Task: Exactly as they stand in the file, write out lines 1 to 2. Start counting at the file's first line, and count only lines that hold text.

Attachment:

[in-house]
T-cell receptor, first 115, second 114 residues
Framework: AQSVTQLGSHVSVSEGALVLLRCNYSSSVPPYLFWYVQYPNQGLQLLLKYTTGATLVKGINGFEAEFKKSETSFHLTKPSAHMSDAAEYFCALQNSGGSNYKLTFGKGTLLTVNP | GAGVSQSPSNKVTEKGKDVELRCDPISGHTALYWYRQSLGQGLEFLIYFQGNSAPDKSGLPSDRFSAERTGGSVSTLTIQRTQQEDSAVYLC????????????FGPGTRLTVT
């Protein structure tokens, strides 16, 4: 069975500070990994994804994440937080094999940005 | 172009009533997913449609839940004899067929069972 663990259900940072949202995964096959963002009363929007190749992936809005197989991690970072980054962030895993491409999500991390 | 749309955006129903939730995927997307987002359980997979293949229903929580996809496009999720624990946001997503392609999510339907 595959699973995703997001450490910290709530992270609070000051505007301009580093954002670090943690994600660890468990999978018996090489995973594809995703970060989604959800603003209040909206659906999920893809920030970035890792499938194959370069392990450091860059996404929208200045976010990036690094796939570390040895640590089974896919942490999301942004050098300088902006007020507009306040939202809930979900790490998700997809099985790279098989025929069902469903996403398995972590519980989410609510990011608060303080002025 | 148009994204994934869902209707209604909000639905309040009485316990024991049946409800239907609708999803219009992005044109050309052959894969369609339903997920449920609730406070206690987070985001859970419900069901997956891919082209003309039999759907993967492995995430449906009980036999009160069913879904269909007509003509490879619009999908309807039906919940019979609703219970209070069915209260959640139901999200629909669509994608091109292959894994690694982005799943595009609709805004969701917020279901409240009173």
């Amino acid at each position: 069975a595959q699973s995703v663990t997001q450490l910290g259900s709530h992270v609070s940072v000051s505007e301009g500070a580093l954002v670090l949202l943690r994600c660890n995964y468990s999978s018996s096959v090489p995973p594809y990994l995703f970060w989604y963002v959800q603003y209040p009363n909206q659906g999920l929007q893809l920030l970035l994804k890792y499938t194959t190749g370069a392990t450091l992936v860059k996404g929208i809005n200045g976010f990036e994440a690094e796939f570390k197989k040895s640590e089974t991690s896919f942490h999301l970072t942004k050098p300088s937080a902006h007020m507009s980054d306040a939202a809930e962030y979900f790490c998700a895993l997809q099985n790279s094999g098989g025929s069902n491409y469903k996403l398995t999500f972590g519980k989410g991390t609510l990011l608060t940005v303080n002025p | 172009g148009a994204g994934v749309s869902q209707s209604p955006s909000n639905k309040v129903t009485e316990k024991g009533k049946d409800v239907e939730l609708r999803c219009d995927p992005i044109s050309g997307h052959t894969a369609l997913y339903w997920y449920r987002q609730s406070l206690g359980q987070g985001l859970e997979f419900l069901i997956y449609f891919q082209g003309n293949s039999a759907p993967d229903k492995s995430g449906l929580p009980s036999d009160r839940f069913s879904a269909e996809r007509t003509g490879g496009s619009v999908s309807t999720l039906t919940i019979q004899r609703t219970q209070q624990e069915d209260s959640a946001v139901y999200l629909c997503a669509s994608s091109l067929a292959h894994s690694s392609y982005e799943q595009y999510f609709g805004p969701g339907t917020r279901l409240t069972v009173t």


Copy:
[in-house]
T-cell receptor, first 115, second 114 residues